July 1st 2009 was the day I came here. The first month passed; my family was here; we were doing all the touristy things we always do. A month later, I got an email from PSU informing me about an orientation session that I needed to attend. That meant I have to talk to my parents and tell them about my plan. It felt more like a confession. I couldn’t go to PSU by myself. I didn’t have a driver license, never driven in this country, and I didn’t know anything about the transportation system in Portland. I was a visitor, so I needed someone to actually drop me off at PSU. So I called in my mom and dad, and I was like, “We need to talk.” I told them that I applied to PSU, got accepted and I’m not going back to Jordan. My both parents were surprised but my mom was okay with the idea. My dad wasnt– he didn’t really like it for couple of reasons. I guess the first was because I had made a decision and moved on with it without telling him. The second was because he didn’t really understand why I was doing this. For him I was working for a good company. I had already started my MBA, I’m half way through, so to him I had everything I needed. It took me a week or so to finally get his blessing. I wasn’t worried that he would say no to be honest. I knew that if I explained it to him from an education perspective, he would understand it. And the fact that my uncles and brother were there, made it much, much easier. I also wasn’t that worried because my dad never stopped me from doing the things I wanted to do. He always trusted my choices and decisions, and never tried limiting my options.

So, yeah, so I went through the MBA, it was a very cool, interesting experience, I learned Mandarin during that time.

Just learned Mandarin, no big deal.

[laughter] I suck at it, trust me. It was not easy and I barely remember any of it now. We had a trip to Asia. We went to Japan, China and South Korea, so it was a really fun program. But given that I was the only Arab, only Muslim, only Hijabi in the program, I had my share of bumps. Something like getting “randomly” selected for extra screening in every airport throughout our trip to Asia, but overall, it was a great experience.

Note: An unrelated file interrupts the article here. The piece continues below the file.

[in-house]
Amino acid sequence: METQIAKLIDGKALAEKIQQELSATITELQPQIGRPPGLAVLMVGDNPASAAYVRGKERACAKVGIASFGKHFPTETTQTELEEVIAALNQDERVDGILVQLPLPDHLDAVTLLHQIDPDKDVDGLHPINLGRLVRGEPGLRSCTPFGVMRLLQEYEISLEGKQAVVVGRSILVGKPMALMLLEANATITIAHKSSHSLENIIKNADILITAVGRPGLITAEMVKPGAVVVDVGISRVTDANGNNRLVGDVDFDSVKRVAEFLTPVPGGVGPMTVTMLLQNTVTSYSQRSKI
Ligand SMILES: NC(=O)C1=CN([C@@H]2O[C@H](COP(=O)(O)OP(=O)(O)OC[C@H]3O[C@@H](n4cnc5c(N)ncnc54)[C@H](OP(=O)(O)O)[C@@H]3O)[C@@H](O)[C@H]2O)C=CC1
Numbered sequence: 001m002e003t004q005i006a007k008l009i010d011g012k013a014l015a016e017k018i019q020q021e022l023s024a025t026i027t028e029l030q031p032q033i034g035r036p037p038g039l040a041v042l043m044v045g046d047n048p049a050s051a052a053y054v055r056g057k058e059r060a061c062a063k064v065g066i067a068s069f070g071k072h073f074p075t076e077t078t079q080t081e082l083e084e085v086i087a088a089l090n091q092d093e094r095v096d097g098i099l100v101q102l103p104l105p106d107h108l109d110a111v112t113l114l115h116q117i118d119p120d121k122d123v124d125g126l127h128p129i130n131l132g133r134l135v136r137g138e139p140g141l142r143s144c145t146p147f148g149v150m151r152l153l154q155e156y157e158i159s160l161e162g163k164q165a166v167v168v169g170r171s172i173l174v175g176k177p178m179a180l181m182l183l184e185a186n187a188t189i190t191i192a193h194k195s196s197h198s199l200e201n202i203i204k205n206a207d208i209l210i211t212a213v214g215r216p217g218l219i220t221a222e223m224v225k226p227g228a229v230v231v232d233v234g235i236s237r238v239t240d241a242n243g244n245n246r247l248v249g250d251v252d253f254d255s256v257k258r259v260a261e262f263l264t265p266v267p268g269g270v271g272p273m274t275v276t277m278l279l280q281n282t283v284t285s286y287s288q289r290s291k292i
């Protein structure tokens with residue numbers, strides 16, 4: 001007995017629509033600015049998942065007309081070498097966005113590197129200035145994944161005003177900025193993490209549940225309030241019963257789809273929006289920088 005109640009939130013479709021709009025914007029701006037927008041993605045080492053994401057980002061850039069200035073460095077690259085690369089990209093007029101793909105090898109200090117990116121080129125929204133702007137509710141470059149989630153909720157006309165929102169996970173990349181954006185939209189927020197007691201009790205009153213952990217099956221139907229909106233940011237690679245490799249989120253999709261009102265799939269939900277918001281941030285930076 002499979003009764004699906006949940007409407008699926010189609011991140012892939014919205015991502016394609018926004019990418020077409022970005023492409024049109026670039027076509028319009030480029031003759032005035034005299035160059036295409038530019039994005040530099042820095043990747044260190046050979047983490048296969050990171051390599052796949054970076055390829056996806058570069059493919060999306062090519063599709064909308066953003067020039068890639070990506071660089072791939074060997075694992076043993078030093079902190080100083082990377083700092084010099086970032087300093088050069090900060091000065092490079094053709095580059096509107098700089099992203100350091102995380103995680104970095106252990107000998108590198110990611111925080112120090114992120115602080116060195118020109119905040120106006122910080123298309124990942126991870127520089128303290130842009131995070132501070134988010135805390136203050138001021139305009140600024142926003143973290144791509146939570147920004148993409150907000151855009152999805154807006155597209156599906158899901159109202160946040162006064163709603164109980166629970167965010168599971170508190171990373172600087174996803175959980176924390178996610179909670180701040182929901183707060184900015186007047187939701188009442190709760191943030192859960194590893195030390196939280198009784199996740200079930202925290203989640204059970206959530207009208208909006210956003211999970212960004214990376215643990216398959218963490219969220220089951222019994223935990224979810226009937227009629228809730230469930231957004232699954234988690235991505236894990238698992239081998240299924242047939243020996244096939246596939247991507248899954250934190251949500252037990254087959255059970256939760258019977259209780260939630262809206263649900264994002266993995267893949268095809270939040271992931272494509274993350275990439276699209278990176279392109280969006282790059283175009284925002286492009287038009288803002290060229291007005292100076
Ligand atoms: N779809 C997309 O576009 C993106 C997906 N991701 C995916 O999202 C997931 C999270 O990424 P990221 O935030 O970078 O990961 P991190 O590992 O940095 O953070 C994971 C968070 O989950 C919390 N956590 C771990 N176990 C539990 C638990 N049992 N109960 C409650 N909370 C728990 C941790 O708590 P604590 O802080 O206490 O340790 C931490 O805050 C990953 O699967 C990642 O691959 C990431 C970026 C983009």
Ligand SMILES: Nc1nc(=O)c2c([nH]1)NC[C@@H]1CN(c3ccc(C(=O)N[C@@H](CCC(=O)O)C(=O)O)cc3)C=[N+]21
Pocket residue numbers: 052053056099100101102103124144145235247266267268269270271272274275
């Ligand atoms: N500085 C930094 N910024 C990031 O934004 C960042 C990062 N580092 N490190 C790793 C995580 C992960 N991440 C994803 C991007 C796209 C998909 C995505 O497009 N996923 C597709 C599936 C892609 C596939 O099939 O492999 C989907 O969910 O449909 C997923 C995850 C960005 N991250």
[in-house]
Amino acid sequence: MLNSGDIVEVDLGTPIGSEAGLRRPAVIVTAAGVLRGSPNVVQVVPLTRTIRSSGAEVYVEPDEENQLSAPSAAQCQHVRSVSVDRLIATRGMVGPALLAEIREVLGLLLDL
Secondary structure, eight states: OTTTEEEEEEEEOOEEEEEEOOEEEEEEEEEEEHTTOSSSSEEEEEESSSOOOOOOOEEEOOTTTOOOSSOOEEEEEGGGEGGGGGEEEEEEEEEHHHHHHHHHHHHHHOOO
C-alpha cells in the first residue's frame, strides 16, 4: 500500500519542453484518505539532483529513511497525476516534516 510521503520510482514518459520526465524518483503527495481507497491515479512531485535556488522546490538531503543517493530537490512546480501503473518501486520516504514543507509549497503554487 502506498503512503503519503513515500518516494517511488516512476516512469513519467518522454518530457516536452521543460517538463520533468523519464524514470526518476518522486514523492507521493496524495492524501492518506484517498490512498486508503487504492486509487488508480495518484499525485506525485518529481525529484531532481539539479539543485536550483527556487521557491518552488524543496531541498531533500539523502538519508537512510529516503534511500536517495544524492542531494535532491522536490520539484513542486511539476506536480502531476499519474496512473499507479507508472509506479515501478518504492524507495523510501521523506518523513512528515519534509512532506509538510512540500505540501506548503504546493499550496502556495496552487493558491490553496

I graduated in December 2011. My parents came for my graduation. The plan for me was to get my degree then move back home, but I didn’t feel like I was done. After living in the US for few years, I knew that I’ll have much better opportunities here, so I had to go through another hard conversation with my parents about my future. They were staying for couple of months, so we agreed that I have until February to try to find a job here in the US, and if I couldn’t I’ll pack my stuff go back with them.

I got an offer on the Valentine’s day! The job was in Seattle. My parents had their concerns about that since I’ll have to move to Seattle, and I don’t really have any family that are few minutes away from me, and I’ve never lived that far and on my own before. In Jordan, girls hardly ever live on their own. You move from your parents house to your husband house. There’s nothing in between. Unless you end up in a far university and live in a dorm.

I was 28 at that time. I used to joke with my friends that I’m about 10 years late in moving out in the American standards. It was great yet hard experience. It was the first time I ever gas up my own car or do my own laundry! It took me 2 weeks to figure out that I don’t have a washer and dryer in my apartment! I didn’t even understand what it means when the ads say “no washer and dryer in the unit”. I had to call my brother in law to ask him where I can find the washer and dryer, and when I finally found them, I was very surprised that I need quarters to make them work! I had to learn a lot about basic adult life in the US. 🙂

I lived in Seattle for about a year and a half, then I moved to the Bay Area to start working at Facebook. I started as a contractor, then about a year later I took a full time position.

Tell me about your first impressions of Silicon Valley. Did you have any expectations of it based on what you’d heard, or what stuck out to you when you first came here?

My expectations were mainly about the weather! How sunny it is here compared to Portland and Seattle. It really reminded of the weather in Jordan. Work wise, I didn’t really know what to expect. But soon enough, I realized how competitive it is here. Also, life pace is much faster here. Portland and Seattle are much laid back compared to the Bay Area. Here it feels like everyone is just running the whole entire time. looking for the next big thing and there’s something going on the whole time.